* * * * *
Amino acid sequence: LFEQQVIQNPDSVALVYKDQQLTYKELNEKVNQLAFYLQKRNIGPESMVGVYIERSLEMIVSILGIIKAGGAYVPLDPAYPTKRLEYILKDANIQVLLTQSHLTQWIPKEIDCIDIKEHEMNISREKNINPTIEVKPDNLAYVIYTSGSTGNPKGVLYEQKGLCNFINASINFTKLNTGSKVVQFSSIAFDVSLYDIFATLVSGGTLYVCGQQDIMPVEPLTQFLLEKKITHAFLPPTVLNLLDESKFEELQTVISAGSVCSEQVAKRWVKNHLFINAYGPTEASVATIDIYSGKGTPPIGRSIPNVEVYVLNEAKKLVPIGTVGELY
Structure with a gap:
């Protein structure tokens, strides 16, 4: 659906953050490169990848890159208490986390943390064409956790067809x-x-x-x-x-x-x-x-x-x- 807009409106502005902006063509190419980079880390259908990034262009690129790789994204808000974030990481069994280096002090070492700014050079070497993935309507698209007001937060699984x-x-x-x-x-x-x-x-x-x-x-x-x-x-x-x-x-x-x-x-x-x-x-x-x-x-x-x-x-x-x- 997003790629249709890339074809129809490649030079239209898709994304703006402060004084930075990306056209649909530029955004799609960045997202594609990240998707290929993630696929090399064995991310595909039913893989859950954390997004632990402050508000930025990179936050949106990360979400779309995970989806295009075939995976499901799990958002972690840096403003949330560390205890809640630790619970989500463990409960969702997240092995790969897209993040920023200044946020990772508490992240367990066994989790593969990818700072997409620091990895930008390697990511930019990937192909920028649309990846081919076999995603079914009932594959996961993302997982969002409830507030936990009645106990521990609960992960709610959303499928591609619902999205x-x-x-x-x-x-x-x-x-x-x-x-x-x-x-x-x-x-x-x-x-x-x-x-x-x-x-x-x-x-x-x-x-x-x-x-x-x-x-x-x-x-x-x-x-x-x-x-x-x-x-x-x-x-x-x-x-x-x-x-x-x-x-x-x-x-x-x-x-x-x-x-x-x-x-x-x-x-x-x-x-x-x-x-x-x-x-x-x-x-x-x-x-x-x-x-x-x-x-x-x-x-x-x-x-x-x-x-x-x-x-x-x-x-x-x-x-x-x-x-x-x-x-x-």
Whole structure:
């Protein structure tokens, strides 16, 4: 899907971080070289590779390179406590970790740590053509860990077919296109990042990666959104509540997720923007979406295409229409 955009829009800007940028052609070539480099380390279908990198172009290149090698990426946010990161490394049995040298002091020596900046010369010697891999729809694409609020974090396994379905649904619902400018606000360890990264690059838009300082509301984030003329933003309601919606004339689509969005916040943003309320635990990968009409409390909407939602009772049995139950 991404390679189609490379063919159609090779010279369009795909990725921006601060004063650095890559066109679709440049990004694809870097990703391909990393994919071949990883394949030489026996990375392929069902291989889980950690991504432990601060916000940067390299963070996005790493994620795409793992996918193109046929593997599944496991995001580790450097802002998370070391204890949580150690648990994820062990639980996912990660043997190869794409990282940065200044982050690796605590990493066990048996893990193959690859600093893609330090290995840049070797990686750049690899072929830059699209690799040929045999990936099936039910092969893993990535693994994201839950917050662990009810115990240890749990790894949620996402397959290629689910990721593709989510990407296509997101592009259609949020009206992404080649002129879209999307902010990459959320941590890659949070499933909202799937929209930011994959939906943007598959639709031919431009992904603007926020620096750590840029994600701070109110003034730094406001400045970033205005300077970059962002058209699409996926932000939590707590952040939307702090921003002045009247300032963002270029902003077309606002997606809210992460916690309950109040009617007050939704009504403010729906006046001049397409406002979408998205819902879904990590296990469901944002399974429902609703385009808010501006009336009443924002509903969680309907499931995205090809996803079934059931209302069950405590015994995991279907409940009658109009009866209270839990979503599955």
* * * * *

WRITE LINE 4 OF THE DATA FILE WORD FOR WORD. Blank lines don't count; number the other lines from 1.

Whole structure: